Bureau of Land Management National Park Service U.S. Fish and Wildlife Service U.S. Forest Service

Trinity River, California

+ View larger map

Managing Agency:

Bureau of Land Management, Redding Field Office
California Resources Agency
Hoopa Valley Indian Reservation
U.S. Forest Service, Shasta-Trinity National Forest
U.S. Forest Service, Six Rivers National Forest
Yurok Tribe

Designated Reach:

January 19, 1981. From the confluence with the Klamath River to 100 yards below Lewiston Dam. The North Fork from the Trinity River confluence to the southern boundary of the Salmon-Trinity Primitive Area. The South Fork from the Trinity River confluence to the California State Highway 36 Bridge crossing. The New River from the Trinity River confluence to the Salmon-Trinity Primitive Area.


Wild — 44.0 miles; Scenic — 39.0 miles; Recreational — 120.0 miles; Total — 203.0 miles.

Trinity River

Trinity River

This major tributary of California's Klamath River begins in the rugged Trinity Alps and makes its way through wilderness before meeting up with the mighty Klamath at Weitchpec. The Trinity is noted for its salmon and steelhead fishery resources, as well as its attraction to rafters, kayakers and canoeists. The North and South Forks of the Trinity and the New River are included in the designation. The Trinity River offers a wide variety of opportunities for fun, family and fishing.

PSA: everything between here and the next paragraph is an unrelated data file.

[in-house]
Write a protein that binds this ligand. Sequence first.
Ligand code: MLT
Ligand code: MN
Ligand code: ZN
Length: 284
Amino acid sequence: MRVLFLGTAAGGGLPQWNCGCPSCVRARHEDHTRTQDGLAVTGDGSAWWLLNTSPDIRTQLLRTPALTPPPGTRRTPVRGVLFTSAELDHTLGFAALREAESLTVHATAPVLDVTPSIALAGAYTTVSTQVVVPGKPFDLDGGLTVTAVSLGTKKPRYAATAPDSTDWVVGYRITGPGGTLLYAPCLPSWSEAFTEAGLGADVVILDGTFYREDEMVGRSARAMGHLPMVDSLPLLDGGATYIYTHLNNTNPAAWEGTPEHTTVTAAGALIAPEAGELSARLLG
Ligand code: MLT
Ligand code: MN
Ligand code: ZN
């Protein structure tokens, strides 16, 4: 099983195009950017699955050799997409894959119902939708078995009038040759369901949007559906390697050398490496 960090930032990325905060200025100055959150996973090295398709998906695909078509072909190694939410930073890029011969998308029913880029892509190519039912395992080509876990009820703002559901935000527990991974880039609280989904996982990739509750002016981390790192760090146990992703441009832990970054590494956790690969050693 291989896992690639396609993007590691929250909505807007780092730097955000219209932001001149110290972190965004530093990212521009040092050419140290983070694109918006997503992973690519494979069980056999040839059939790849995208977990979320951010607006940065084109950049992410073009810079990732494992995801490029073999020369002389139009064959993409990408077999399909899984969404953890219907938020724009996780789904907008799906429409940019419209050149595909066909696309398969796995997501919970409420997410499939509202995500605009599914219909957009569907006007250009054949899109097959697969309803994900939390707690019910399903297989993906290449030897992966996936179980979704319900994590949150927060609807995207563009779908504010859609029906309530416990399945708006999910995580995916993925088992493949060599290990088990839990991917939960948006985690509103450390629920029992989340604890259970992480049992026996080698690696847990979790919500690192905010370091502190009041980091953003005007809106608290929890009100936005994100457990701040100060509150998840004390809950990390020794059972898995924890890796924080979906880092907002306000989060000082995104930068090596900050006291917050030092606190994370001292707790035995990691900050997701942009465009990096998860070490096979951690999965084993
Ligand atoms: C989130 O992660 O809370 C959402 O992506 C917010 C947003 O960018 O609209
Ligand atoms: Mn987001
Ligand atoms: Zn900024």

The natural beauty has been one of the most popular sights for visitors to the north coast. Scenic Highway 299 makes easy access to many points of interest. Rafts, canoes and kayaks frequent the rapids in the springtime, and tubers enjoy summertime flows.

Outstandingly Remarkable Values


The Trinity is legendary for its salmon and steelhead fishing by drift boat or walk-in riverside spots, as well as for trophy brown trout. Chinook salmon are the most sought-after gamefish in the Trinity River system. Spring-run salmon begin to enter the river in May and provide trophy fishing through November. Although brown trout are not native, they were heavily stocked until the late 1970s. Today, a self-sustaining population remains in the upper river, providing fly and bait fishing.